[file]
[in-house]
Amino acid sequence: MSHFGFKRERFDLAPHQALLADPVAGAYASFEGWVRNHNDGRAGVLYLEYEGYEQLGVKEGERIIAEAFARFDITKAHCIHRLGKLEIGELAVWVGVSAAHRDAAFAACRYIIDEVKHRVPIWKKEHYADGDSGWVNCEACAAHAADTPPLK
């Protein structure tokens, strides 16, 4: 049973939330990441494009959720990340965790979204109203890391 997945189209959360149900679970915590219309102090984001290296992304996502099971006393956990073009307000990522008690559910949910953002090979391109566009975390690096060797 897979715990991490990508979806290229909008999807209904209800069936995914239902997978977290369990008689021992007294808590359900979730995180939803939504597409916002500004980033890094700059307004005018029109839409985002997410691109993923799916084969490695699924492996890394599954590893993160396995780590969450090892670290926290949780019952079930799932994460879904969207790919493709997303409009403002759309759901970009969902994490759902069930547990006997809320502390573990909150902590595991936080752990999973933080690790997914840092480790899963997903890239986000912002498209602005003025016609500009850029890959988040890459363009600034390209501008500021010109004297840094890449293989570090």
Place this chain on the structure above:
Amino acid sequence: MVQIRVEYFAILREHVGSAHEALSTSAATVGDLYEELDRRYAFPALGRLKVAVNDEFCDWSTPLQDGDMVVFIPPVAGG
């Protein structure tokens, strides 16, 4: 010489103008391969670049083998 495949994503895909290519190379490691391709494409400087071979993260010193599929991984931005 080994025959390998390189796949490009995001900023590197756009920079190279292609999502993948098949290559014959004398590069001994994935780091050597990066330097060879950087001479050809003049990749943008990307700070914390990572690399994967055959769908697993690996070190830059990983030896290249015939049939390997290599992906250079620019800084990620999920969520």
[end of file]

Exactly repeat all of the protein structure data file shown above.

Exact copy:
[in-house]
Amino acid sequence: MSHFGFKRERFDLAPHQALLADPVAGAYASFEGWVRNHNDGRAGVLYLEYEGYEQLGVKEGERIIAEAFARFDITKAHCIHRLGKLEIGELAVWVGVSAAHRDAAFAACRYIIDEVKHRVPIWKKEHYADGDSGWVNCEACAAHAADTPPLK
């Protein structure tokens, strides 16, 4: 049973939330990441494009959720990340965790979204109203890391 997945189209959360149900679970915590219309102090984001290296992304996502099971006393956990073009307000990522008690559910949910953002090979391109566009975390690096060797 897979715990991490990508979806290229909008999807209904209800069936995914239902997978977290369990008689021992007294808590359900979730995180939803939504597409916002500004980033890094700059307004005018029109839409985002997410691109993923799916084969490695699924492996890394599954590893993160396995780590969450090892670290926290949780019952079930799932994460879904969207790919493709997303409009403002759309759901970009969902994490759902069930547990006997809320502390573990909150902590595991936080752990999973933080690790997914840092480790899963997903890239986000912002498209602005003025016609500009850029890959988040890459363009600034390209501008500021010109004297840094890449293989570090």
Place this chain on the structure above:
Amino acid sequence: MVQIRVEYFAILREHVGSAHEALSTSAATVGDLYEELDRRYAFPALGRLKVAVNDEFCDWSTPLQDGDMVVFIPPVAGG
């Protein structure tokens, strides 16, 4: 010489103008391969670049083998 495949994503895909290519190379490691391709494409400087071979993260010193599929991984931005 080994025959390998390189796949490009995001900023590197756009920079190279292609999502993948098949290559014959004398590069001994994935780091050597990066330097060879950087001479050809003049990749943008990307700070914390990572690399994967055959769908697993690996070190830059990983030896290249015939049939390997290599992906250079620019800084990620999920969520």